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* Weekly jobs claims fall 261,000 to 6.6 mln
* Oil rises as major producers work on deal to cut output
* Citi, Wells Fargo jump over 10%
* Real estate, utilities lead gains
* Indexes jump: Dow 1.97%, S&P 1.82%, Nasdaq 0.87% (Updates to early afternoon)
By Uday Sampath Kumar and Shreyashi Sanyal
April 9 (Reuters) - Wall Street rose for the third time in four days on Thursday as the U.S. Federal Reserve rolled out a massive $2.3 trillion program to bolster local governments and businesses, while oil prices gained on expectations of a drastic cut in output.
In what is likely to be its largest rescue effort ever, the Fed said it would work with banks to offer 4-year loans to companies of up to 10,000 employees and directly buy bonds of states and more populous counties and cities.
"(The Fed's move) should give some confidence to investors, that the risks this time around are maybe not the same as the risks in the financial crisis," said Randy Watts, chief investment officer at O'Neil Global Advisors.
"While this rally has been impressive, the market probably is a little bit of ahead of itself and we would not be surprised to see a pullback from here."
The defensive real estate and utilities sectors jumped more than 5% to lead gains among the major S&P 500 sectors.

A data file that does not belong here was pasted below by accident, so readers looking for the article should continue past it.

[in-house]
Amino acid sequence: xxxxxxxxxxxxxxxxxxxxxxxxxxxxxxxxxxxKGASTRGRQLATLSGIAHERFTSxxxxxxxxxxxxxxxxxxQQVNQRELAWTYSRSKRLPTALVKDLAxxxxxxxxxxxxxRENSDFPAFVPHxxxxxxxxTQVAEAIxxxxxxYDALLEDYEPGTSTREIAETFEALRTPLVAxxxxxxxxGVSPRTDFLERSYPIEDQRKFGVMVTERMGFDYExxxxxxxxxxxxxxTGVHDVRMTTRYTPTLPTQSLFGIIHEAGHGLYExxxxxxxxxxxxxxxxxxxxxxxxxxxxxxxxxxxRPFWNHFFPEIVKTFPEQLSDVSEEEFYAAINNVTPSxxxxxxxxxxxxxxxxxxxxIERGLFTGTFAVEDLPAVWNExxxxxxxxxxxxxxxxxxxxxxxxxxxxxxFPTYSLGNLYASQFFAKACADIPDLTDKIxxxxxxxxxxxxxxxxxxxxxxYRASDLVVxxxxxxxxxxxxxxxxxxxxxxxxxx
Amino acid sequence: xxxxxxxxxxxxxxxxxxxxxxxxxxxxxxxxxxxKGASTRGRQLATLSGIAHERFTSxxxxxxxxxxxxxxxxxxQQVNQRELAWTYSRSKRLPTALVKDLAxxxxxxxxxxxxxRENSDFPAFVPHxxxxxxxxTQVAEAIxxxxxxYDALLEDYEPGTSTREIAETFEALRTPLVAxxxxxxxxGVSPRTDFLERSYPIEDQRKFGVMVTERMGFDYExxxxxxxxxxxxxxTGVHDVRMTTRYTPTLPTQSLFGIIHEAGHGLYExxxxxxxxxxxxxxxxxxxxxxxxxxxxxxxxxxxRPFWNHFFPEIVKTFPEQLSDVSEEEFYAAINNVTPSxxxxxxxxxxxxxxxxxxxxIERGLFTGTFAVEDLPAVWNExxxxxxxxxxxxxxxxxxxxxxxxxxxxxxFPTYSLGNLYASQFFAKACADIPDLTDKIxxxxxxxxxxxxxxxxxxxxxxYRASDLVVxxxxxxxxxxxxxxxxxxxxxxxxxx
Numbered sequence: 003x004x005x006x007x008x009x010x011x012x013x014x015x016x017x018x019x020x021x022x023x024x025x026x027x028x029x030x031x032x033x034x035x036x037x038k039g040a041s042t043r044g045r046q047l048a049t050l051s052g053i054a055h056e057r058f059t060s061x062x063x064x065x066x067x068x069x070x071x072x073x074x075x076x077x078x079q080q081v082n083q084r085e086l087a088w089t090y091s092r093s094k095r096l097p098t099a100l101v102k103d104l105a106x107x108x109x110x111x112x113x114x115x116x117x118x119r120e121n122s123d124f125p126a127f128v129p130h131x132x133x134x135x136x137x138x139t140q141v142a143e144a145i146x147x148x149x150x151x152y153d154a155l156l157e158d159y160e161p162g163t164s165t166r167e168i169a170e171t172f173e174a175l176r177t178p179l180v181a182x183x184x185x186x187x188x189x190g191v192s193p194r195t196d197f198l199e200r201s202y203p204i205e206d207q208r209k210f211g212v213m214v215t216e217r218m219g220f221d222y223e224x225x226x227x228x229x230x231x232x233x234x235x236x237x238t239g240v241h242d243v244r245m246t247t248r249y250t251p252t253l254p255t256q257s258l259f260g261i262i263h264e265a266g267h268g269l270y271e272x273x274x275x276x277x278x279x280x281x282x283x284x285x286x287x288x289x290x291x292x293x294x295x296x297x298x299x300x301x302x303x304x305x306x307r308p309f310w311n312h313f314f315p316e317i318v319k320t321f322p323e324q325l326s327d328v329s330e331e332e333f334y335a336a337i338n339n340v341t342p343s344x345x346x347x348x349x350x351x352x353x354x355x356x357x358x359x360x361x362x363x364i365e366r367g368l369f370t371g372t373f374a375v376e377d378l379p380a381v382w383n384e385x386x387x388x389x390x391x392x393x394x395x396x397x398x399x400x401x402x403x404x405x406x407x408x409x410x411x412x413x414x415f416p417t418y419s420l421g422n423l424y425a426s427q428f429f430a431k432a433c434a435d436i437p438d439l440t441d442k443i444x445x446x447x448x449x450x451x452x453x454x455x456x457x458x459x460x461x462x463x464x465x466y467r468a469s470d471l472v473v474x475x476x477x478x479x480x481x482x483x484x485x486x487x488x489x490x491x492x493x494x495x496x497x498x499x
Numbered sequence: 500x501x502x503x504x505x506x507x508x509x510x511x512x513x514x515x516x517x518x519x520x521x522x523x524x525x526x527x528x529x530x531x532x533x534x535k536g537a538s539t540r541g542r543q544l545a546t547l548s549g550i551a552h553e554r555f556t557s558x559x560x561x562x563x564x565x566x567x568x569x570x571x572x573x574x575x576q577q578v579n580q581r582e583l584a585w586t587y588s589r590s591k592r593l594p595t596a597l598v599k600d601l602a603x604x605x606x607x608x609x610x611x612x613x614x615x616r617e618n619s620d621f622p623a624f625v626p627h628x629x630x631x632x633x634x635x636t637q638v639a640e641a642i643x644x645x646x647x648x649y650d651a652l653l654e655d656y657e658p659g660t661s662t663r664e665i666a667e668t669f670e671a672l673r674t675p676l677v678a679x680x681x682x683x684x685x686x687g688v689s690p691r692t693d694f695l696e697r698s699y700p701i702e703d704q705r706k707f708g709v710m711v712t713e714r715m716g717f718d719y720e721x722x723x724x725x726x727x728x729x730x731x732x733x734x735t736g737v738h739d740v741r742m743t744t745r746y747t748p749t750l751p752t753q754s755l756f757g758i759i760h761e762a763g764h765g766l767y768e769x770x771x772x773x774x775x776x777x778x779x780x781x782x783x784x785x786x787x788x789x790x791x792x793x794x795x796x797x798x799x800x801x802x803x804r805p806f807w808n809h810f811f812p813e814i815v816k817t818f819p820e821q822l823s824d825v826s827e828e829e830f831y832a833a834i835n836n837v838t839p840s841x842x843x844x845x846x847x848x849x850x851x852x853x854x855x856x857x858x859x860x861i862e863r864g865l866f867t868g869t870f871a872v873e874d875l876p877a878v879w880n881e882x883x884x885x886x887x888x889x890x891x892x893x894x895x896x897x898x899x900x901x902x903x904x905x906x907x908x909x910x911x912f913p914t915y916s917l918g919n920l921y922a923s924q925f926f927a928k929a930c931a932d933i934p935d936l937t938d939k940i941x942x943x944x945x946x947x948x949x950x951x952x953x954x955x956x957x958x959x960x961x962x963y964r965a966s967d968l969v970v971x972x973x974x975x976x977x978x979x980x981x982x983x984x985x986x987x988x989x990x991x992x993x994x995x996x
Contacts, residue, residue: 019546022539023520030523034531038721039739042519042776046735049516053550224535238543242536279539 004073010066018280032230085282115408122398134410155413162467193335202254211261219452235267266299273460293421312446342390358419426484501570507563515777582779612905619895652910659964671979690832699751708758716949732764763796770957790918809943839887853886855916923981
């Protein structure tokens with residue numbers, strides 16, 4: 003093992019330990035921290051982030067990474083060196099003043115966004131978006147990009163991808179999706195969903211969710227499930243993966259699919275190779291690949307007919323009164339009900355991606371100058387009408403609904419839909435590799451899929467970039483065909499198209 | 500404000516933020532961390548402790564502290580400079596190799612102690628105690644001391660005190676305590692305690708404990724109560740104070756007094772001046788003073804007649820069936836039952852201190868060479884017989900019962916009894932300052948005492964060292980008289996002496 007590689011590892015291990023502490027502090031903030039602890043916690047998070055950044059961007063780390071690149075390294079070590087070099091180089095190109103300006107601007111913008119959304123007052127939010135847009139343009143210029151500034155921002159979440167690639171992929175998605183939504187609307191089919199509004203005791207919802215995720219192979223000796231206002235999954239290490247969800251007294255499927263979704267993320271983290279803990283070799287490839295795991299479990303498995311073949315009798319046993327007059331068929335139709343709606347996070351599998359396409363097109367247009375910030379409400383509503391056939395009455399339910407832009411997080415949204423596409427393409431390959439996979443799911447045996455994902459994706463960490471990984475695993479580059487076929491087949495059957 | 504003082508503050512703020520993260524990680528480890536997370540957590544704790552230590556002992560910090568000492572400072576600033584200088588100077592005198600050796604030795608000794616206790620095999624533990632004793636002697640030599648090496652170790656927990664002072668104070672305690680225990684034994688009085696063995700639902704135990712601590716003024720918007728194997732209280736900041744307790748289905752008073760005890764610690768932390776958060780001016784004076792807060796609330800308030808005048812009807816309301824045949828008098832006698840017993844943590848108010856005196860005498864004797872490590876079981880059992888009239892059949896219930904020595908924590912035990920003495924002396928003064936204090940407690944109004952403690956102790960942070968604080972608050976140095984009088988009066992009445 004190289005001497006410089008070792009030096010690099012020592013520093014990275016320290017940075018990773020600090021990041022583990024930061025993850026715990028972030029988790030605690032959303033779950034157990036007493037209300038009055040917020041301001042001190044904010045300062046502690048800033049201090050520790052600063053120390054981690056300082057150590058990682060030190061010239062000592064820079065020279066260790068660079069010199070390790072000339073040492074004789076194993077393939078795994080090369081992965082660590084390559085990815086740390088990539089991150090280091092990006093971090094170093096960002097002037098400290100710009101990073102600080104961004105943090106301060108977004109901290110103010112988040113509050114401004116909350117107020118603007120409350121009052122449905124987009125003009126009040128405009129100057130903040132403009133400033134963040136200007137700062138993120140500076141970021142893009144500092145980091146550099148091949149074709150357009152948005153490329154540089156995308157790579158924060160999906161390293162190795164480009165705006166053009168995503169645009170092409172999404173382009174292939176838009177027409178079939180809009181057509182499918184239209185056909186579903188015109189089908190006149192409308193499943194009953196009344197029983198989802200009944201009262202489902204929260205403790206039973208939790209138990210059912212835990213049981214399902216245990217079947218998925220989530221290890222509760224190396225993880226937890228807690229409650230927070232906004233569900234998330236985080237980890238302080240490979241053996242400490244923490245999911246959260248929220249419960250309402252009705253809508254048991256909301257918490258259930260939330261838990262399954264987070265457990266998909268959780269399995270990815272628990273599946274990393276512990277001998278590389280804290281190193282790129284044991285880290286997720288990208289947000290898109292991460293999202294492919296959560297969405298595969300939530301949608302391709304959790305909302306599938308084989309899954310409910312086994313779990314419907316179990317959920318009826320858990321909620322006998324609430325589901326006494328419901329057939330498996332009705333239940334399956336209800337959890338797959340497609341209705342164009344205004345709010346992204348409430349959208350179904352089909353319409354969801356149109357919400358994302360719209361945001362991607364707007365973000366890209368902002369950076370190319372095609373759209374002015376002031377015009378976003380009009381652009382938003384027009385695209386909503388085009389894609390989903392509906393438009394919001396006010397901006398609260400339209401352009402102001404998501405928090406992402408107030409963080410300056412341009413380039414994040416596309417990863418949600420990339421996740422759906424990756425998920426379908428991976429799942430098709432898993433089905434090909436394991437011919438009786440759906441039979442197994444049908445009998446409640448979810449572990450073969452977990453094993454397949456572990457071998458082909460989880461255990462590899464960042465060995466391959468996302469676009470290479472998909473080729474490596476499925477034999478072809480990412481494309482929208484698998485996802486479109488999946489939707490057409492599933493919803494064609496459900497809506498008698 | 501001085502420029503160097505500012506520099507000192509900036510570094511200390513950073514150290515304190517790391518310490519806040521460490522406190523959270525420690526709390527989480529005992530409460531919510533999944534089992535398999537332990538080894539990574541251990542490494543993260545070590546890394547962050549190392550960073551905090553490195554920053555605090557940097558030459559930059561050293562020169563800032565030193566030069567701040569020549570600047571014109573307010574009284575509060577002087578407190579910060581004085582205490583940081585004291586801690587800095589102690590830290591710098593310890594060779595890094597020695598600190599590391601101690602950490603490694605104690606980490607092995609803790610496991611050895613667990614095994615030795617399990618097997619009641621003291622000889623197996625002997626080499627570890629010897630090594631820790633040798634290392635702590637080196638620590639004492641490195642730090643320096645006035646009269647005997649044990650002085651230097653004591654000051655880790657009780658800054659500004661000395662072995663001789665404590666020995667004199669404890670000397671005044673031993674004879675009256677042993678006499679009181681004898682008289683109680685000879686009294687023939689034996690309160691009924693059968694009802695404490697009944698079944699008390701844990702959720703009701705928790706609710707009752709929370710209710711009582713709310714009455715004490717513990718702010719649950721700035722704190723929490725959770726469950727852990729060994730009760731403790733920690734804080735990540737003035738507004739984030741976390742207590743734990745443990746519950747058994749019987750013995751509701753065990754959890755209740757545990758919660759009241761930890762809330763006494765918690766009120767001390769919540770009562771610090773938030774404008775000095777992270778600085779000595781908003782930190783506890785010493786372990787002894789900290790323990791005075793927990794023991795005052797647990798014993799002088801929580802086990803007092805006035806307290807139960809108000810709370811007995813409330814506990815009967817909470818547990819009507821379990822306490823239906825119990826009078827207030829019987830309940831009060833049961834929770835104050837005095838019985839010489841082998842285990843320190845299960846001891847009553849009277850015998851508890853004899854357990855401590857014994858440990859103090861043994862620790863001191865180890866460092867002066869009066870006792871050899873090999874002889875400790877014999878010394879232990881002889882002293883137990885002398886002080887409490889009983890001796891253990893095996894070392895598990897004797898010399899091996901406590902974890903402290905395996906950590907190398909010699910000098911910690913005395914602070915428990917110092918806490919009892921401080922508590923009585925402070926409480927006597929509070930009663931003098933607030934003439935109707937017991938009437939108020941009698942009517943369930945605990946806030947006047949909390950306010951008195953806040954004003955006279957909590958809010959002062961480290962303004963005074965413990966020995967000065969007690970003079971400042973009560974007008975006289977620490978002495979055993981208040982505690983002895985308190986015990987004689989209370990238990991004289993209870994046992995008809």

Exxon Mobil, Chevron and Apache Corp rose between 2% and 18% as oil prices gained, as sources said OPEC and other oil producers would debate cuts as big as 20 million barrels per day, equivalent to about 20% of global supplies.
Meanwhile, data showed initial U.S. jobless claims fell slightly last week to 6.6 million, from an upwardly revised 6.87 million the week before.
The S&P 500 has regained about 12% in the holiday-shortened week on early signs of the outbreak hitting a peak and aggressive global stimulus, but it remains about 17% below its record high as lockdown measures hamper business activity.
While public health experts stressed the need to keep people apart to contain the contagion, the restrictions have strangled the economy and sparked widespread production cuts, layoffs and projections of a severe recession.
"A rally doesn't mean we're out of the woods just yet nor that volatility is a thing of the past," said Mike Loewengart, managing director of investment strategy at E*TRADE Financial Corp in New York.
"If there is one thing recent history has shown us, it's that optimism can wear off quickly if cases climb or stay-at-home orders are extended."
At 11:48 a.m. ET the Dow Jones Industrial Average was up 461.04 points, or 1.97%, at 23,894.61, the S&P 500 was up 50.16 points, or 1.82%, at 2,800.14 and the Nasdaq Composite was up 70.01 points, or 0.87%, at 8,160.92.
Walt Disney Co jumped 4.1% as the company said its Disney+ streaming service had attracted more than 50 million paid users globally.
Wall Street's big banks also rose at least 4%, with Citigroup and Wells Fargo jumping more than 10% each.
Advancing issues outnumbered decliners more than 9-to-1 on the NYSE and 4-to-1 on the Nasdaq.
The S&P index recorded five new 52-week highs and no new low, while the Nasdaq recorded 13 new highs and six new lows. (Reporting by Uday Sampath and Shreyashi Sanyal in Bengaluru; Editing by Sagarika Jaisinghani, Arun Koyyur and Shounak Dasgupta)